Gulfport Montessori Elementary School’s Parent Teacher Association (PTA) board has launched a fundraising campaign dubbed “Pennies for Playgrounds” that encourages students to bring in donations of pocket change that will be added to coffers slated to pay for new playground equipment at the school.
The school sent home flyers with students stating that its 2016-17 enrollment shot up by more than 100 students, which has subsequently put a “strain on the play areas that must accommodate P.E. classes and equipment.”
The campaign began in February and has raised approximately $4,000 so far, said PTA board president Barbara Pace. She said the school is still working on a design for the new playground, which will determine the final cost, but the goal for the campaign is $18,000.
Monica St. Paul, whose daughter attends Gulfport Elementary, expressed frustration at the modest goal and slow pace of the campaign. She saw the new playground at nearby Tomlinson Park, which cost the city of Gulfport more than $200,000 to build, and wondered why more can’t be done for schoolchildren.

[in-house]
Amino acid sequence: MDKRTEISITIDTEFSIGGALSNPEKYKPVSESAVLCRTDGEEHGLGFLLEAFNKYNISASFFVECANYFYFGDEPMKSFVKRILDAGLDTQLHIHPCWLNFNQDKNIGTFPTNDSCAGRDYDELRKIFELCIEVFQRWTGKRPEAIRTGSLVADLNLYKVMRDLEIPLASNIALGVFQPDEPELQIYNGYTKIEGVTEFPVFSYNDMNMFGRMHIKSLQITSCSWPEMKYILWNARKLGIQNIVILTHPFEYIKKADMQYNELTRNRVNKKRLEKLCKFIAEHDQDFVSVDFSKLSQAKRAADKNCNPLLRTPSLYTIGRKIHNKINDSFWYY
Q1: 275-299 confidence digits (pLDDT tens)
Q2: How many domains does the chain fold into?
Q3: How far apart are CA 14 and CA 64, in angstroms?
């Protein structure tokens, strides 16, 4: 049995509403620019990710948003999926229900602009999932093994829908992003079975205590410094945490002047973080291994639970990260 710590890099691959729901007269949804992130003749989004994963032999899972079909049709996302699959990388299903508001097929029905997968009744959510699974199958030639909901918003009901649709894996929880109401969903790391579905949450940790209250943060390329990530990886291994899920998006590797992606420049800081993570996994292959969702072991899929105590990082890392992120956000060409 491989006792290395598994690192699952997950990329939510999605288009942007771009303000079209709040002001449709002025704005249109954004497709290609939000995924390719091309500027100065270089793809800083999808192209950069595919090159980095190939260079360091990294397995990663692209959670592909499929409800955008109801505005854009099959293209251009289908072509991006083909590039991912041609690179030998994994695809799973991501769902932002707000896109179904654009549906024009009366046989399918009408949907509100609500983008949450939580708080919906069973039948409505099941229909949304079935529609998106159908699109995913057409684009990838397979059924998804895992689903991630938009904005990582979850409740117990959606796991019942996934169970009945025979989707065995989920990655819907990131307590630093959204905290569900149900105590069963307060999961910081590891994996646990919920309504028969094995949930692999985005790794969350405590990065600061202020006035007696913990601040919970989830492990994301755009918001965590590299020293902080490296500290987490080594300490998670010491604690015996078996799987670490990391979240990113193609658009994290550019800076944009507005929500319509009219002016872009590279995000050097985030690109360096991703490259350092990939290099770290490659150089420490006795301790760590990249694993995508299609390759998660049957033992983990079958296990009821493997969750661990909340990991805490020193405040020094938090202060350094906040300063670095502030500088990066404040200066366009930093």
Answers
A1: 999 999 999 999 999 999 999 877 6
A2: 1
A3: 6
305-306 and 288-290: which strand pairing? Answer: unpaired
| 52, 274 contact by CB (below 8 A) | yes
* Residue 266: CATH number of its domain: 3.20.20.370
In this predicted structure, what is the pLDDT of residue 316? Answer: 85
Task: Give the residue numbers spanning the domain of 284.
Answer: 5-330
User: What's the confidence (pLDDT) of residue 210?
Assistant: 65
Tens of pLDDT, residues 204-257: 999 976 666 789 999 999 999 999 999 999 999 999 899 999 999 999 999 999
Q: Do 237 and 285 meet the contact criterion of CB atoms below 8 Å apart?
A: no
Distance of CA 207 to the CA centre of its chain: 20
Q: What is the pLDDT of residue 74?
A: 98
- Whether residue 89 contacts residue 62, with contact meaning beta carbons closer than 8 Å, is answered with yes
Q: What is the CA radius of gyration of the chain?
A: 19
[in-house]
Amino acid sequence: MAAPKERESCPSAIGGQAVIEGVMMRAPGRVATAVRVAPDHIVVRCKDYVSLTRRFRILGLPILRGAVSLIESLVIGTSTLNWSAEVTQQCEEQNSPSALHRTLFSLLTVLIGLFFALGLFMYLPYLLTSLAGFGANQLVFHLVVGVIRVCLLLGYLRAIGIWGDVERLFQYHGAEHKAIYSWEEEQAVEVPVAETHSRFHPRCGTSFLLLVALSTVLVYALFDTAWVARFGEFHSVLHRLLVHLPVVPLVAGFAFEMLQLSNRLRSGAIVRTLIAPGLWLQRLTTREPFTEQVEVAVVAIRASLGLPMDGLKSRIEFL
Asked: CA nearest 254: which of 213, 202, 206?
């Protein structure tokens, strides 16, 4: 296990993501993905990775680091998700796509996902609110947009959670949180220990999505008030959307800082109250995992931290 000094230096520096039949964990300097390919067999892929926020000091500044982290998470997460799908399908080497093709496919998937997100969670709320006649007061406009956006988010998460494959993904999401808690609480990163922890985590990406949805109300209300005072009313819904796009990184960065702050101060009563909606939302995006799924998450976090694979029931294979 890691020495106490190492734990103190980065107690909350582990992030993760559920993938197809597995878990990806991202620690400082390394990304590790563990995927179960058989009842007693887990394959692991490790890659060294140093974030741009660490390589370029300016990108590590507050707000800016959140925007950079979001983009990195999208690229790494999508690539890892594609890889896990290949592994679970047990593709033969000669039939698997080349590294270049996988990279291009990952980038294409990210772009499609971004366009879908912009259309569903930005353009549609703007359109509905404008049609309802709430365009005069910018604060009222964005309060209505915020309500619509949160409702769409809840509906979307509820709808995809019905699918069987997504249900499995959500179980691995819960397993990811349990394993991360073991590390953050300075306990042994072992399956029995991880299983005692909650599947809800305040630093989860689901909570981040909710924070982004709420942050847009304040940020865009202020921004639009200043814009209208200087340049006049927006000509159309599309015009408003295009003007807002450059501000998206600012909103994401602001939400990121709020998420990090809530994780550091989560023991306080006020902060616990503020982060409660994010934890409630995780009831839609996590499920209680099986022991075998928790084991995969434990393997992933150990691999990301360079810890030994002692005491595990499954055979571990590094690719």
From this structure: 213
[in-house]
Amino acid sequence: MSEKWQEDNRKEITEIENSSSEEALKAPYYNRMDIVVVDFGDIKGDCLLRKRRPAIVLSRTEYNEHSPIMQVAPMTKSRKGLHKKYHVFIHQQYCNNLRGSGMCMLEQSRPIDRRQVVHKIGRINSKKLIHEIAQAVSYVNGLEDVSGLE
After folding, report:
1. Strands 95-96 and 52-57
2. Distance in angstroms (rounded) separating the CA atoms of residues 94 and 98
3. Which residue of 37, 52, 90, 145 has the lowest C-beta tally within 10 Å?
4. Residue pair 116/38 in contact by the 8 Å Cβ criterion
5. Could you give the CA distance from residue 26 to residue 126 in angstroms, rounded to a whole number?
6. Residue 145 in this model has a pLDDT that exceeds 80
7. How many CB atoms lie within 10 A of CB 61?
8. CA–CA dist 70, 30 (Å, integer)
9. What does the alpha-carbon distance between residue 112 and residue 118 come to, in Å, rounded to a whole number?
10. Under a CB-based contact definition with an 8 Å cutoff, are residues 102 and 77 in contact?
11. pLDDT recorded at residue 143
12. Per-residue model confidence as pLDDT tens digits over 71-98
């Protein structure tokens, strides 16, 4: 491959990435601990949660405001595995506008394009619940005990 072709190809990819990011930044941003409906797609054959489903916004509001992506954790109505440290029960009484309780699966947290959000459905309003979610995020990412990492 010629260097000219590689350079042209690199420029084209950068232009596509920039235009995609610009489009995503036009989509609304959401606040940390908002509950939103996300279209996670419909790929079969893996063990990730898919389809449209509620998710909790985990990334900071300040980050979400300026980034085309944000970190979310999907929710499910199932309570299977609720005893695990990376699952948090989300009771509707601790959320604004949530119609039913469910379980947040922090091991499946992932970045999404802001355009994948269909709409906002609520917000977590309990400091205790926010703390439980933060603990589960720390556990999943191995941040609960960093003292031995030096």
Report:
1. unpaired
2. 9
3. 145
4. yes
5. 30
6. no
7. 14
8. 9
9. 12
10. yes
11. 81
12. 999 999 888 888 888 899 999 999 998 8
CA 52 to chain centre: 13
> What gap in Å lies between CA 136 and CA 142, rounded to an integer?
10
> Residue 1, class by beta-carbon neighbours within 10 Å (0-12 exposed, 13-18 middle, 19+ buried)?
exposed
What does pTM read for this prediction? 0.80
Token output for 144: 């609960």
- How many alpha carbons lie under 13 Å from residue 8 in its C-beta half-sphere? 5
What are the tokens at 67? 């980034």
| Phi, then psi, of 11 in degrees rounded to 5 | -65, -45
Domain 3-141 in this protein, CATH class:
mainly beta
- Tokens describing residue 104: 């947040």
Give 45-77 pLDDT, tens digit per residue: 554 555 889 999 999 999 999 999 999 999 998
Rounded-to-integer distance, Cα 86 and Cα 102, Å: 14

“I was happy to see this beautiful park being built near my home,” she wrote in an email to the Gabber, “but it’s unfortunate and heart-wrenching to receive a letter from the school asking parents to send students to school with pennies to raise money for a new playground … as much as I wish I had the funds to help, I can’t … it’s just sad to me.”
When contacted for comment, Pace shed some light on the situation. “There’s a big difference between city money and school board money,” she said. “It’s not required of the school board to give us an upgraded playground; however, recess is now a statewide requirement because the Florida PTA pushed for it. Our enrollment increased by 115 students and we simply don’t have enough equipment to accommodate 40 P.E. classes and recess that we provide on non-P.E. days. While our goal might seemingly be a small amount, we are trying to have the children have an ‘ownership’ stake in this. We are asking the students to not just go home and ask for money, but maybe earn it by doing a good deed for a neighbor or meet a family challenge, like reading or doing chores.”
Via phone, St. Paul added, “They’re asking kids to bring in pennies but by the time they get enough pennies, it will be forever.”
Pace, however, said she expects the fundraising effort to pick up steam as community partners come on board with pledges to match whatever is raised within a certain timeframe. “We are reaching out to a lot of sources,” she said. “The Town Shores Women’s Group and General Committee have been very generous … and our principal is already talking to contractors about bids.”
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